Since the bottom layer is also composed of strands having fewer filaments per strand, and since there are more strands per unit area, the soaking interval and the contact with the strand dispersal medium may be adjusted to overcome the forces holding the filaments together in strand form before a similar reaction occurs in the central body portion. Then, as the water or dispersant is draining out of the mat 60 into the catch basin 191 through the bottom layer, it is believed that a hole seeking flow may occur through the smaller interstices of the bottom layer which will cause at least a partial dispersement of the filaments of the strands in the bottom layer by filaments being carried toward the holes by the flow. If a positive mechanical dispersing action is desired, an array of nozzles or a slit nozzle may be provided across the bottom of the plate 176 and connected to the sump 100 via a suitable flow regulator, to provide a flow which will impinge the lower surface of the mat 60 through the foraminous conveyor in the same fashion as the upper layer is dispersed. There may be thus created a mesh size change which may not, depending upon the number of filaments per strand and the forces holding the strands together, change the mesh size of the bottom layer as much as the mesh size of the top layer is changed. All of the binder particles therein or going therethrough because of the draining action may not be entrapped in the bottom layer.
Whether filamentized or not, the bottom layer at least provides substantially more intersections to filter some binder out of the draining flow from the central body portion and the bottom layer itself. Thus, there is a higher percentage binder content in the bottom layer than there is in the central body portion, although the binder content of the bottom layer may not be as high as that of the top layer. The higher binder content in the bottom layer will provide the mat with excellent surface properties and enhance the handleability of the mat.
It can be seen ,then, that one of the major principles of the invention lies in circulating binder uniformly throughout a mat-like mass, and then selectively changing the binder retention capabilities of one or more areas in the mat to enable the areas having a changed retention capability to have a higher binder content than the remaining areas of the mat. This is most effectively accomplished by insuring at least a partial positive dispersal of the strands, as taught hereinbefore with respect to the top or upper layer of the mat 60.
Although discussed generally hereinbefore, it should be noted that the binder particle content in the strand dispersing medium may be substantially reduced and/or removed completely, while the liquid binder portion is substantially increased to obtain desired binder content concentrations. While there is no comparable mechanical entrapment of binder, the selective in-place filamentization of one or more layers after the liquid binder has been thoroughly and uniformly distributed throughout the mat will provide increased glass surface areas and intersections for receiving the liquid binder. Thus, the binder concentration will be higher in the filamentized layer or layers than in the remainder of the mat.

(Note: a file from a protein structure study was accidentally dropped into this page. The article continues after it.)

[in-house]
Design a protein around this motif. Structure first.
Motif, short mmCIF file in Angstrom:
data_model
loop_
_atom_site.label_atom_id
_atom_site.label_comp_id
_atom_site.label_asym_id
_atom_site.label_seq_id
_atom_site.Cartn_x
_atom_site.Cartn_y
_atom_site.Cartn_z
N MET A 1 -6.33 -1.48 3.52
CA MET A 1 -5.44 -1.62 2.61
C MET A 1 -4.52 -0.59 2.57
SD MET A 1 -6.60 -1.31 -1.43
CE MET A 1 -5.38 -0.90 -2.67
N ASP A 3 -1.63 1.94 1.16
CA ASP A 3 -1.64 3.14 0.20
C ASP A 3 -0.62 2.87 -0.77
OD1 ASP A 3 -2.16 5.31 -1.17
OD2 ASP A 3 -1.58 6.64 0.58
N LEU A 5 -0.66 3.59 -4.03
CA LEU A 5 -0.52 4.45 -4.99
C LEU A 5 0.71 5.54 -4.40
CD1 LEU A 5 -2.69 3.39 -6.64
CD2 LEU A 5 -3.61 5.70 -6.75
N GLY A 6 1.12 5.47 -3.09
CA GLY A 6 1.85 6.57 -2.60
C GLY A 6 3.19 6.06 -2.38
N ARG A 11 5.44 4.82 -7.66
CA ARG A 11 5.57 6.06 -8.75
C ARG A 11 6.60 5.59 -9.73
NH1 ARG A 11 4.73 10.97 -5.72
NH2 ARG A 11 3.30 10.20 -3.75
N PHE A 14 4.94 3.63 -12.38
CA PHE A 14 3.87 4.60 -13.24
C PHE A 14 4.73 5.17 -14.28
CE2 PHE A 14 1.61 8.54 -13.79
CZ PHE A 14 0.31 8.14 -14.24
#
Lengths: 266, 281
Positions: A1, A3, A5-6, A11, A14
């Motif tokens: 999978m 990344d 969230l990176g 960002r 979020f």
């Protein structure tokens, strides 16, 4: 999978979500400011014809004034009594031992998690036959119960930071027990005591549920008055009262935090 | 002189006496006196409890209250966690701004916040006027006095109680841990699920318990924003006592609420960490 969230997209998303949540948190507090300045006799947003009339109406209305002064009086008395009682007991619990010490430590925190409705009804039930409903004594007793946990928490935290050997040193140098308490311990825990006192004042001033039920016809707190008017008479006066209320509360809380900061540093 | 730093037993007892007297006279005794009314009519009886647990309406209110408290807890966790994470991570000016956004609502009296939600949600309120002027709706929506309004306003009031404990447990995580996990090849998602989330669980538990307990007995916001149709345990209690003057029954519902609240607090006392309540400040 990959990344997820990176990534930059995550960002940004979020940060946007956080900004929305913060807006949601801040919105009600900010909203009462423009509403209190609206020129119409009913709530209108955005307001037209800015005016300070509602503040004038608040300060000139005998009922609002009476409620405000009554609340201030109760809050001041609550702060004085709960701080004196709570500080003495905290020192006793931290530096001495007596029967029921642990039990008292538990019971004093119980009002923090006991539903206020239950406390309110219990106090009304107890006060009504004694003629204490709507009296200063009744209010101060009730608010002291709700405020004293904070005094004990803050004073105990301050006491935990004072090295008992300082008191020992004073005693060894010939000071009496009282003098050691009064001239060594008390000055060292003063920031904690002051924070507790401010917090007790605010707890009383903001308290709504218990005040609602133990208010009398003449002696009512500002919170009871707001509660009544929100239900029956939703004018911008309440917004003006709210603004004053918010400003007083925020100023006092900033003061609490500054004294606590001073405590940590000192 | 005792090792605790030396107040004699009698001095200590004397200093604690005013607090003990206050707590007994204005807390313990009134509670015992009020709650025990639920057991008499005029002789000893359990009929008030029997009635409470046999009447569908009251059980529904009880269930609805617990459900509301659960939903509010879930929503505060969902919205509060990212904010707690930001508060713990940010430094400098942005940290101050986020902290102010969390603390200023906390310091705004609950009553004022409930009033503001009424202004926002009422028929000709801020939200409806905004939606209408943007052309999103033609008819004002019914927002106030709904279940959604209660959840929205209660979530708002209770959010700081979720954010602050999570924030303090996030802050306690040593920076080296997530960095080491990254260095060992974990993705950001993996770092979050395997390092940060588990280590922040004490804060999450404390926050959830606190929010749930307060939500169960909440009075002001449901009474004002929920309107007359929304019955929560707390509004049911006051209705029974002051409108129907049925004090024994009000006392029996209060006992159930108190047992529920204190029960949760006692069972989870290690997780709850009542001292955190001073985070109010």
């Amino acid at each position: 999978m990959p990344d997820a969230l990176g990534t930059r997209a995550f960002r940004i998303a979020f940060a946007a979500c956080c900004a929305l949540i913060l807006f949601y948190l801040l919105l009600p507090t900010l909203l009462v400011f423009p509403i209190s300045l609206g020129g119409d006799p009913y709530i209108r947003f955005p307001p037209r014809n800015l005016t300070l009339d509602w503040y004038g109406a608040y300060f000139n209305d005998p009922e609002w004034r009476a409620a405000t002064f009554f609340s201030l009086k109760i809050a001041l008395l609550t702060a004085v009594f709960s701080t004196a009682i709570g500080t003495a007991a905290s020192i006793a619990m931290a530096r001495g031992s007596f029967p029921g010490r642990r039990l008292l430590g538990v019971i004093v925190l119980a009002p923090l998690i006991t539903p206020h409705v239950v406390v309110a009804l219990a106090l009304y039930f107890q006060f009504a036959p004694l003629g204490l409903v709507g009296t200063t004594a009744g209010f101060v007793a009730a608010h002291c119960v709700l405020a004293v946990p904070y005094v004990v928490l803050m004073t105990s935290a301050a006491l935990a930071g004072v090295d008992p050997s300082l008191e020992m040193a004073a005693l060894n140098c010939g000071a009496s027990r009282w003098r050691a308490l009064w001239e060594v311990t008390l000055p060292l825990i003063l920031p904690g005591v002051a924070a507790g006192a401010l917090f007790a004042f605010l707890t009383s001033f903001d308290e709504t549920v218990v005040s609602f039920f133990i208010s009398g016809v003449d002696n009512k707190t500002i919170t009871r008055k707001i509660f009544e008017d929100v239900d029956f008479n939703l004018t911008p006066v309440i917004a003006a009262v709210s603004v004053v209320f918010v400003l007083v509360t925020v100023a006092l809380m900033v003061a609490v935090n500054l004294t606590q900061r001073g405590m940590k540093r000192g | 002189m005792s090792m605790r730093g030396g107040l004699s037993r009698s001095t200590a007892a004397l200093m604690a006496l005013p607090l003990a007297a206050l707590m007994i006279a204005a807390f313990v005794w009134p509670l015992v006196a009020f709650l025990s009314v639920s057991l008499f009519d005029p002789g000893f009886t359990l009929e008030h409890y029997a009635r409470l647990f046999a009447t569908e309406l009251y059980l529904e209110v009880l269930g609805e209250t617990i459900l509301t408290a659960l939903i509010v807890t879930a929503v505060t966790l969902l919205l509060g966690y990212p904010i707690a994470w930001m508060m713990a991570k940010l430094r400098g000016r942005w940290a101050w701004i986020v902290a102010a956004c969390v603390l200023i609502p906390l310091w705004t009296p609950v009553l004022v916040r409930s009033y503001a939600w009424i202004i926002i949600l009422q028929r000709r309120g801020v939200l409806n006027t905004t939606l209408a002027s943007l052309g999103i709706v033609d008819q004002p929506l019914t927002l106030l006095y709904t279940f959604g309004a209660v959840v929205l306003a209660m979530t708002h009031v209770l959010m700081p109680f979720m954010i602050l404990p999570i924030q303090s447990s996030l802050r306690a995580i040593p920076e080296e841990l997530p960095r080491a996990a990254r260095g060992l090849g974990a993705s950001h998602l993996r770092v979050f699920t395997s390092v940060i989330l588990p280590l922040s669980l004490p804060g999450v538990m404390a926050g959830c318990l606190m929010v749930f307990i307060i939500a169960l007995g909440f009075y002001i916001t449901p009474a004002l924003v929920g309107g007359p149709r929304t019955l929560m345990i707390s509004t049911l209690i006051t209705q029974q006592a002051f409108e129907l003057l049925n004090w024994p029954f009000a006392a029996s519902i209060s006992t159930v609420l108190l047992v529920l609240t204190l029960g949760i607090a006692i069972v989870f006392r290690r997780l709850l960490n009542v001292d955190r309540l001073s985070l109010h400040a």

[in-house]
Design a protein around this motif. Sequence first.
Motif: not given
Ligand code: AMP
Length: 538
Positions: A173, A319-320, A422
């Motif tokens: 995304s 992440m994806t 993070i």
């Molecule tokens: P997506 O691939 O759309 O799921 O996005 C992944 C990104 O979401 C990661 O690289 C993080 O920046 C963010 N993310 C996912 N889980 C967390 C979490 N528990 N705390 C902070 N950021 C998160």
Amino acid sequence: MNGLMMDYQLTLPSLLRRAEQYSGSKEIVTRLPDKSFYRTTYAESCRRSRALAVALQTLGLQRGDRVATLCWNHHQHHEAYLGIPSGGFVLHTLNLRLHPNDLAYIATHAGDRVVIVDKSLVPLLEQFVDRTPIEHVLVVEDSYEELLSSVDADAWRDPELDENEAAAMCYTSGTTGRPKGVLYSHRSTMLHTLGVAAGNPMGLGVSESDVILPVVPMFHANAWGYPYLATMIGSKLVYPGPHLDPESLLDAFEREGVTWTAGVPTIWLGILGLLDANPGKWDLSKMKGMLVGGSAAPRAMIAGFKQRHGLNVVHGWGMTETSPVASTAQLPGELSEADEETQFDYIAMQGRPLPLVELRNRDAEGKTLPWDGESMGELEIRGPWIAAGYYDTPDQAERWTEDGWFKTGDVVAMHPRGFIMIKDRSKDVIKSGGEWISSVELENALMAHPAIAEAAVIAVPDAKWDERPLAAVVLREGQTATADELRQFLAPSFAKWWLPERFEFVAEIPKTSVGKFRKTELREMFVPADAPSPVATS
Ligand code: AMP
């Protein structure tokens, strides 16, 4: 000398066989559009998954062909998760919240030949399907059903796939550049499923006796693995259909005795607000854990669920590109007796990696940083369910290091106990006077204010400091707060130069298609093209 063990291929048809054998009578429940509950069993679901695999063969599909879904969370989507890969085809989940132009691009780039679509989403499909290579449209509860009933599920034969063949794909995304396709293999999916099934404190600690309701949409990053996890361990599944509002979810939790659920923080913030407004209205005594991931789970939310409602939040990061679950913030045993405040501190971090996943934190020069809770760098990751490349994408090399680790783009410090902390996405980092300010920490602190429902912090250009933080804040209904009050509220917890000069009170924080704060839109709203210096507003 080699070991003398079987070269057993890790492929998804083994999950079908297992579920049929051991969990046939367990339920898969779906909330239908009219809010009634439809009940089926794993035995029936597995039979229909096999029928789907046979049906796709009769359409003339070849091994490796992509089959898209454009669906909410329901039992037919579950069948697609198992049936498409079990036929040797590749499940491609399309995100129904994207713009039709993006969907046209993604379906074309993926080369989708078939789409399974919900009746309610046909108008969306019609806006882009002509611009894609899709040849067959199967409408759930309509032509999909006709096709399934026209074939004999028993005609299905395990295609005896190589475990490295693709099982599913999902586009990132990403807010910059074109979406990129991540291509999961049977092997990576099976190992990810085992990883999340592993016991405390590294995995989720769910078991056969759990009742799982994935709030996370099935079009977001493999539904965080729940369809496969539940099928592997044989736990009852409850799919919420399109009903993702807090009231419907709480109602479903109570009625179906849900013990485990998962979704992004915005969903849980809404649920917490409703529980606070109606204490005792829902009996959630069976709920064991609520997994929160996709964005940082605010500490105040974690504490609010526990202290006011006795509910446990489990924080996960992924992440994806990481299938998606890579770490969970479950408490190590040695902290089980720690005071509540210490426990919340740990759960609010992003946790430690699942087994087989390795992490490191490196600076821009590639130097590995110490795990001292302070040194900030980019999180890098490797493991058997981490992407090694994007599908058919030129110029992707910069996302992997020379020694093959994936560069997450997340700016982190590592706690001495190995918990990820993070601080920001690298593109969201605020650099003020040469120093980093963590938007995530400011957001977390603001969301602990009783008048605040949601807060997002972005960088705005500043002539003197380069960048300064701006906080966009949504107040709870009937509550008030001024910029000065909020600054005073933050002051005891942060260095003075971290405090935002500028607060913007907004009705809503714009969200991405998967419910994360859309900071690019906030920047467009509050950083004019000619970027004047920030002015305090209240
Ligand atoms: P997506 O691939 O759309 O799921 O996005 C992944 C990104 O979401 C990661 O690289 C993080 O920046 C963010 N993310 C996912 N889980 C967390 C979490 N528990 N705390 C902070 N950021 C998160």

Because of the delicate nature of the control of the selective filamentization of a portion of the mat, it is preferred to provide relatively sharp distinctions between the binder retention capabilities of the layers wherein a binder concentration is desired and the other layers of the mat, as in the preferred embodiment disclosed herein, to reduce the responsibilities of the operators when the apparatus is on a production line. The product desired can then be obtained even though variations occur during the production in the deposition of strands in the application of forming size to the strands, in the diameters of the filaments and the strands, in the composition of the binder, and/or in the percent or type of binder particles suspended in the carrier.
However, the principles herein are applicable under controlled conditions without sharp distinctions being made between layers, particularly when a thicker mat is being produced. That is, the filamentization and mesh change desired in the upper portion of the mat may be accomplished by impinging a mat composed of strands, all having the same characteristics throughout the thickness of the mat, and designing the final impinging stream supply for filament dispersal so that only strands in the upper portion of the mat are affected and dispersed to change the mesh size thereof and to retain a higher concentration of binder particles therein. As noted hereinbefore, there would not be a sharp division between an upper portion or layer in this latter instance and the lower portion, since the degree of filamentization of the upper portion would gradually decrease from the upper surface downwardly as the effect of the impingement stream decreases, rather than having a relative sharp distinction between mesh size areas.